World Migratory Bird Day and eBird Global Big Day Round-up

The World Migratory Bird Day – a celebration of the wonder of bird migration – coincided with the eBird Global Big Day on 9 May 2020. The eBird Global Big Day is a bird sighting event where birders all over the world observe birds on the same day and submit their observations on the eBird website. Birders from all countries of the world can take part; it’s the peak of bird migration in the northern countries, while tropical countries have a wider diversity of birds. This year, despite most of the world being on lockdown, more than 51,000 people took part in the Big Day and submitted checklists. The top ten countries were all in the Americas, where eBird is well established. Kenya took the leading position in Africa and emerged eleventh in the world, after 85 groups or individuals all over the country recorded 613 bird species.

Mt. Kenya Biodiversity Conservation Group (Mt. Kebio) marked World Migratory Bird Day by holding a birdwatch along a three-kilometre stretch in Burguret. Despite a low turnout, a total of 60 different bird species were sighted.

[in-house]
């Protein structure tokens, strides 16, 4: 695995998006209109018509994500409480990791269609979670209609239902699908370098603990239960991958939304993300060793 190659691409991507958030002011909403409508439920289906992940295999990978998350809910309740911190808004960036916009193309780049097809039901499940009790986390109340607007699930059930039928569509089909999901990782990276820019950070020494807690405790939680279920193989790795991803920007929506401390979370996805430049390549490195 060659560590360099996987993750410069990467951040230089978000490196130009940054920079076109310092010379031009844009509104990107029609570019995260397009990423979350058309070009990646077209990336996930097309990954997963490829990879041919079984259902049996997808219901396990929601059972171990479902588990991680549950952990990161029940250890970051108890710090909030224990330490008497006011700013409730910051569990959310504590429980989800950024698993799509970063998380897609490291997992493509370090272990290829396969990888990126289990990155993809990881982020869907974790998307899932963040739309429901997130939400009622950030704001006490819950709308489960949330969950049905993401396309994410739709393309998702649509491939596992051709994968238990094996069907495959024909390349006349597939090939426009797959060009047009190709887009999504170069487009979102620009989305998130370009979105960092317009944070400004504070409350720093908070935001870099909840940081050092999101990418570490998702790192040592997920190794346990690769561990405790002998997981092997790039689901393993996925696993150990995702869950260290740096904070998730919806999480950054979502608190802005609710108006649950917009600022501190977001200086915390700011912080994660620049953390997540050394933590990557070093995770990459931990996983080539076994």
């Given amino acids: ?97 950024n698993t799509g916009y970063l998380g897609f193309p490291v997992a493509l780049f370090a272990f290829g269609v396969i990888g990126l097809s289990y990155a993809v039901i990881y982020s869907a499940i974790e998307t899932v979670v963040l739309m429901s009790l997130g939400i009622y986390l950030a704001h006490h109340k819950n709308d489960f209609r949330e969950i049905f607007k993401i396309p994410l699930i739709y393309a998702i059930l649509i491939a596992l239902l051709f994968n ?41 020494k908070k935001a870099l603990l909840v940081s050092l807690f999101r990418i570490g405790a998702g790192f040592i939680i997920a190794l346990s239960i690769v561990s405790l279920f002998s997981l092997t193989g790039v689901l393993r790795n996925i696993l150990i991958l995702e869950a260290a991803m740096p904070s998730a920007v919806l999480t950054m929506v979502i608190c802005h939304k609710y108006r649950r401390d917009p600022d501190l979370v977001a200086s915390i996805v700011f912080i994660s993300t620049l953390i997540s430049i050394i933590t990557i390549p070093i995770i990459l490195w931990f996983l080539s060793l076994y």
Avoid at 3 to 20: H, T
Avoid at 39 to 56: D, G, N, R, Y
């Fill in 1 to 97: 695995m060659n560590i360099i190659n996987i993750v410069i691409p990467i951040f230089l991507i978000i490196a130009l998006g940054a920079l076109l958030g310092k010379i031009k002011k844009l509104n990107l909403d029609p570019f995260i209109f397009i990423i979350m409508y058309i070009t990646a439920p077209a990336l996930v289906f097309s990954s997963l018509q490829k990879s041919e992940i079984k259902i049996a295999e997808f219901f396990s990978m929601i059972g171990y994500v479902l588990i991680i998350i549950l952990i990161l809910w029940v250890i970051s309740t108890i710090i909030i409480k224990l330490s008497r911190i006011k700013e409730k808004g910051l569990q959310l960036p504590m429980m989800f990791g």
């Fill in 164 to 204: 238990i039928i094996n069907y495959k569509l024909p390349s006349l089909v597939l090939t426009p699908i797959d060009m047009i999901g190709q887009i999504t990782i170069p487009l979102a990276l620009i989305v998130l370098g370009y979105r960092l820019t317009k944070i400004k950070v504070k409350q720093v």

Members of the South Nandi Biodiversity Conservation Group (SONABIC) marked the day by holding a birdwatch in Chepkong’ony area in the South Nandi Forest. A total of 60 bird species were recorded by the 14 members who participated.

Friends of Kinangop Plateau organised a birdwatch and a bird talk about bird migration at the Friends of Kinangop Plateau Resource Centre. The 22 participants were divided into four groups to allow them to cover the different habitats – grasslands and water bodies -which characterise Kinangop area. A total of 118 bird species were recorded.

Down at the Coast, members of the Mida Creek Conservation and Awareness Group celebrated World Migratory Bird Day with a birdwatch along the shores of the Indian Ocean and areas adjacent to the Arabuko-Sokoke Forest. A total of 54 bird species were sighted among them Mangrove Kingfisher (an intra-African migrant), Yellow-throated Longclaw and Collared Palm Thrush.